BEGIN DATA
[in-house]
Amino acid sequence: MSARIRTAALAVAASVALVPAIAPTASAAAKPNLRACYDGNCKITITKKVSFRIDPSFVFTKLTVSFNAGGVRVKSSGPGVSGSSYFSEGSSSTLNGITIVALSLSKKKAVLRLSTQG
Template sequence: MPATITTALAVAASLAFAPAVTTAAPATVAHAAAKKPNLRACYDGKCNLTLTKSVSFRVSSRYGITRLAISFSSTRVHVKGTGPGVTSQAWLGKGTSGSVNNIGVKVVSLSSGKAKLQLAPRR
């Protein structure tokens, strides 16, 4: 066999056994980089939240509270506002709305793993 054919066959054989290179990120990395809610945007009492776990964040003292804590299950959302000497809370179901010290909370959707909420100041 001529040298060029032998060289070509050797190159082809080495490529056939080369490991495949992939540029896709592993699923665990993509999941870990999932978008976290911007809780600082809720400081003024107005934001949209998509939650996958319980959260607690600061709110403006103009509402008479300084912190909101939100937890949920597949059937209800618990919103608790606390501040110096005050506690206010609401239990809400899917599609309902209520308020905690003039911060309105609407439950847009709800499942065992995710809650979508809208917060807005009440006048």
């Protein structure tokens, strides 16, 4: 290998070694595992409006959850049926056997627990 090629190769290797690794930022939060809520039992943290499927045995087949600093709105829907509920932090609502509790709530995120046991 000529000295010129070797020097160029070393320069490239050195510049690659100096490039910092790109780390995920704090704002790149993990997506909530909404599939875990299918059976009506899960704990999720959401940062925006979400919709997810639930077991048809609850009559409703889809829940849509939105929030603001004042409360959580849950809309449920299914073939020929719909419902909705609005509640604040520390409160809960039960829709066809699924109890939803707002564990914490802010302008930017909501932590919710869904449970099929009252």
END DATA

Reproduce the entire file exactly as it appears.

[in-house]
Amino acid sequence: MSARIRTAALAVAASVALVPAIAPTASAAAKPNLRACYDGNCKITITKKVSFRIDPSFVFTKLTVSFNAGGVRVKSSGPGVSGSSYFSEGSSSTLNGITIVALSLSKKKAVLRLSTQG
Template sequence: MPATITTALAVAASLAFAPAVTTAAPATVAHAAAKKPNLRACYDGKCNLTLTKSVSFRVSSRYGITRLAISFSSTRVHVKGTGPGVTSQAWLGKGTSGSVNNIGVKVVSLSSGKAKLQLAPRR
């Protein structure tokens, strides 16, 4: 066999056994980089939240509270506002709305793993 054919066959054989290179990120990395809610945007009492776990964040003292804590299950959302000497809370179901010290909370959707909420100041 001529040298060029032998060289070509050797190159082809080495490529056939080369490991495949992939540029896709592993699923665990993509999941870990999932978008976290911007809780600082809720400081003024107005934001949209998509939650996958319980959260607690600061709110403006103009509402008479300084912190909101939100937890949920597949059937209800618990919103608790606390501040110096005050506690206010609401239990809400899917599609309902209520308020905690003039911060309105609407439950847009709800499942065992995710809650979508809208917060807005009440006048």
């Protein structure tokens, strides 16, 4: 290998070694595992409006959850049926056997627990 090629190769290797690794930022939060809520039992943290499927045995087949600093709105829907509920932090609502509790709530995120046991 000529000295010129070797020097160029070393320069490239050195510049690659100096490039910092790109780390995920704090704002790149993990997506909530909404599939875990299918059976009506899960704990999720959401940062925006979400919709997810639930077991048809609850009559409703889809829940849509939105929030603001004042409360959580849950809309449920299914073939020929719909419902909705609005509640604040520390409160809960039960829709066809699924109890939803707002564990914490802010302008930017909501932590919710869904449970099929009252």